An interesting snippet from today's Rasmussen poll is that Barack Obama leads John McCain by only 49% to 42% in Massachusetts, the bluest of blue states. McCain also has a (slightly) higher approval rating than Obama.

I've said it before and I'll say it again: with a moderate Republican nominee and Barack Obama as the Democratic candidate, there's an even chance that Massachusetts will go red. This alone seems to put something of a dent in the conventional wisdom that Obama is obviously the stronger Democratic general election candidate. If he fares this poorly in Massachusetts, what does that say about his prospects nationally? To be sure, there are a variety of local factors here, the big one being that the state has a lot of white ethnic, "Reagan Democrat" voters for whom race might be more of an issue than it would for other constituencies. Yes, Deval Patrick, a black man, won the governorship overwhelmingly in 2006, but he faced lackluster competition (Mitt Romney's hand-picked successor). And a Scots-Irish war veteran as the Republican nominee complicates predictions about whom Kennedy Country will support come November.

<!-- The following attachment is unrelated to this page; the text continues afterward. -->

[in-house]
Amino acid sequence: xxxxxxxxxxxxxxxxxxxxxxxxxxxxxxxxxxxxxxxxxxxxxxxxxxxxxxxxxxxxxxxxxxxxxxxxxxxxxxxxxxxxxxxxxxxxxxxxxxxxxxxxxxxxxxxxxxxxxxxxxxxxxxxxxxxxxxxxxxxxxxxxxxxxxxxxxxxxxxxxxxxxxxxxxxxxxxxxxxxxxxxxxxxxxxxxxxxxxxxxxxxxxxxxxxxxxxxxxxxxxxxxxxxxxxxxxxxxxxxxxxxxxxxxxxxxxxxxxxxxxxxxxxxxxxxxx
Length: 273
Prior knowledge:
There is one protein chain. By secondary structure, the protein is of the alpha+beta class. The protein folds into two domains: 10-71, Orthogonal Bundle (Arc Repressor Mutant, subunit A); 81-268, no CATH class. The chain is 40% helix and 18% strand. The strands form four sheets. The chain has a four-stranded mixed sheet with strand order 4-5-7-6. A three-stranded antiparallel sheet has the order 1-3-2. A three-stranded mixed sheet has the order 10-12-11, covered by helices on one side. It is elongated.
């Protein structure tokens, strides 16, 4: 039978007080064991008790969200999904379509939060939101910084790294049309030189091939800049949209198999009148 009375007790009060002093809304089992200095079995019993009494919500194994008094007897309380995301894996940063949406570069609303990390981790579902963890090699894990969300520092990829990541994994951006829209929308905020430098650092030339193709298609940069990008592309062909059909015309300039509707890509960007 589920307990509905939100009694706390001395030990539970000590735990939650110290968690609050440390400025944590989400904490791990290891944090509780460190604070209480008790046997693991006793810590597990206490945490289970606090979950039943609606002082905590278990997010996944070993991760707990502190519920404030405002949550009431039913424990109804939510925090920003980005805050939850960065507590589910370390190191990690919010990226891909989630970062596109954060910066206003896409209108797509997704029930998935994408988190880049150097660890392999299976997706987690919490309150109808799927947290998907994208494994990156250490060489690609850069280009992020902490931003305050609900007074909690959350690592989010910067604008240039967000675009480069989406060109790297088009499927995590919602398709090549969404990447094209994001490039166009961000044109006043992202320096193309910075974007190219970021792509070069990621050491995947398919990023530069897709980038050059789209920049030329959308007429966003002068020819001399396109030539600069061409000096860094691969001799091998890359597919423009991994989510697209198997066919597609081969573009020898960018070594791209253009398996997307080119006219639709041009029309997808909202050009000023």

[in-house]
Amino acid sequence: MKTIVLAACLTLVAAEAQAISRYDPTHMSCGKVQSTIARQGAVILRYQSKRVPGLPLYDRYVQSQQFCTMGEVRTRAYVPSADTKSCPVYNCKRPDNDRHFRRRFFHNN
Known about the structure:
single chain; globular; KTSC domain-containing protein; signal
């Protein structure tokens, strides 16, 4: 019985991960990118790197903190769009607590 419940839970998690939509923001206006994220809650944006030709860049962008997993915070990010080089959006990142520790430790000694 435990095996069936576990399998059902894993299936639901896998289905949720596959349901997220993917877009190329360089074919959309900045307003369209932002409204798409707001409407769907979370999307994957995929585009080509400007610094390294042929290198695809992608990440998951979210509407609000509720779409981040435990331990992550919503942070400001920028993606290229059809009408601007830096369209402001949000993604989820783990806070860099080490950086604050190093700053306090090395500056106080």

--James Kirchick